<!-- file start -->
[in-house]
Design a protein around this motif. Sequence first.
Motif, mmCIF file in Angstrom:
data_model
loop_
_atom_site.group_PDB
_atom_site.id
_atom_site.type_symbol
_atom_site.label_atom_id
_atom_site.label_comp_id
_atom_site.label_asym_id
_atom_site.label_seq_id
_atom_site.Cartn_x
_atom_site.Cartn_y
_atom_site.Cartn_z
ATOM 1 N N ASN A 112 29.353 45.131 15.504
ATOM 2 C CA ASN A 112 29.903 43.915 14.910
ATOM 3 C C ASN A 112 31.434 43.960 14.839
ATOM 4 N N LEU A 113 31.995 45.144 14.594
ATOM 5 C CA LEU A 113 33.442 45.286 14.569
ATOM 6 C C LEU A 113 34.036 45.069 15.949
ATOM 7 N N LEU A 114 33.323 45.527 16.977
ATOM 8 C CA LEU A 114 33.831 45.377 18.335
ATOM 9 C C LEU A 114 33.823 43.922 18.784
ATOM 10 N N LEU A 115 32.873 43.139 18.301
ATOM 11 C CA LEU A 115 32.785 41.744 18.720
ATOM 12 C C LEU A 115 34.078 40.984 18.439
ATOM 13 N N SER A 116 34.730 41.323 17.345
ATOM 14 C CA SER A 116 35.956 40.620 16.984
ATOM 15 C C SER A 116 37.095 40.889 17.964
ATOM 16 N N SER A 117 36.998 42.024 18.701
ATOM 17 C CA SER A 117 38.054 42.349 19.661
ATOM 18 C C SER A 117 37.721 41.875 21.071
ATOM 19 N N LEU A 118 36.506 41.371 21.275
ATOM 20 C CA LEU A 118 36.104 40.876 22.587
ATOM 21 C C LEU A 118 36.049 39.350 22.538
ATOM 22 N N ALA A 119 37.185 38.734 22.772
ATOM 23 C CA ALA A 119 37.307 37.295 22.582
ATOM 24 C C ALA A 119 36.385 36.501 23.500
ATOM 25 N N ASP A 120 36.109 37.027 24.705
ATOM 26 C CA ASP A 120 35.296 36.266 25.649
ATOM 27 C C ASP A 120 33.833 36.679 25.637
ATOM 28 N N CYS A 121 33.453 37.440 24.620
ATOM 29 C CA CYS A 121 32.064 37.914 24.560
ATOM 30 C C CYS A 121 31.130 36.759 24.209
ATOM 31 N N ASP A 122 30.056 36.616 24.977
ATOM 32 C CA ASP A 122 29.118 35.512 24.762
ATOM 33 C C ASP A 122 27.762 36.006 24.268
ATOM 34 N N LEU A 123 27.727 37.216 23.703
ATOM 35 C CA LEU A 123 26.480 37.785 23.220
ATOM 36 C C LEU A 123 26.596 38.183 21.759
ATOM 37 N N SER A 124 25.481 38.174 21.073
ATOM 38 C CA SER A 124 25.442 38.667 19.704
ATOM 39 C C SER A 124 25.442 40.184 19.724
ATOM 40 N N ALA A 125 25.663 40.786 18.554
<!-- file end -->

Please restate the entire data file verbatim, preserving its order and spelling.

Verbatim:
[in-house]
Design a protein around this motif. Sequence first.
Motif, mmCIF file in Angstrom:
data_model
loop_
_atom_site.group_PDB
_atom_site.id
_atom_site.type_symbol
_atom_site.label_atom_id
_atom_site.label_comp_id
_atom_site.label_asym_id
_atom_site.label_seq_id
_atom_site.Cartn_x
_atom_site.Cartn_y
_atom_site.Cartn_z
ATOM 1 N N ASN A 112 29.353 45.131 15.504
ATOM 2 C CA ASN A 112 29.903 43.915 14.910
ATOM 3 C C ASN A 112 31.434 43.960 14.839
ATOM 4 N N LEU A 113 31.995 45.144 14.594
ATOM 5 C CA LEU A 113 33.442 45.286 14.569
ATOM 6 C C LEU A 113 34.036 45.069 15.949
ATOM 7 N N LEU A 114 33.323 45.527 16.977
ATOM 8 C CA LEU A 114 33.831 45.377 18.335
ATOM 9 C C LEU A 114 33.823 43.922 18.784
ATOM 10 N N LEU A 115 32.873 43.139 18.301
ATOM 11 C CA LEU A 115 32.785 41.744 18.720
ATOM 12 C C LEU A 115 34.078 40.984 18.439
ATOM 13 N N SER A 116 34.730 41.323 17.345
ATOM 14 C CA SER A 116 35.956 40.620 16.984
ATOM 15 C C SER A 116 37.095 40.889 17.964
ATOM 16 N N SER A 117 36.998 42.024 18.701
ATOM 17 C CA SER A 117 38.054 42.349 19.661
ATOM 18 C C SER A 117 37.721 41.875 21.071
ATOM 19 N N LEU A 118 36.506 41.371 21.275
ATOM 20 C CA LEU A 118 36.104 40.876 22.587
ATOM 21 C C LEU A 118 36.049 39.350 22.538
ATOM 22 N N ALA A 119 37.185 38.734 22.772
ATOM 23 C CA ALA A 119 37.307 37.295 22.582
ATOM 24 C C ALA A 119 36.385 36.501 23.500
ATOM 25 N N ASP A 120 36.109 37.027 24.705
ATOM 26 C CA ASP A 120 35.296 36.266 25.649
ATOM 27 C C ASP A 120 33.833 36.679 25.637
ATOM 28 N N CYS A 121 33.453 37.440 24.620
ATOM 29 C CA CYS A 121 32.064 37.914 24.560
ATOM 30 C C CYS A 121 31.130 36.759 24.209
ATOM 31 N N ASP A 122 30.056 36.616 24.977
ATOM 32 C CA ASP A 122 29.118 35.512 24.762
ATOM 33 C C ASP A 122 27.762 36.006 24.268
ATOM 34 N N LEU A 123 27.727 37.216 23.703
ATOM 35 C CA LEU A 123 26.480 37.785 23.220
ATOM 36 C C LEU A 123 26.596 38.183 21.759
ATOM 37 N N SER A 124 25.481 38.174 21.073
ATOM 38 C CA SER A 124 25.442 38.667 19.704
ATOM 39 C C SER A 124 25.442 40.184 19.724
ATOM 40 N N ALA A 125 25.663 40.786 18.554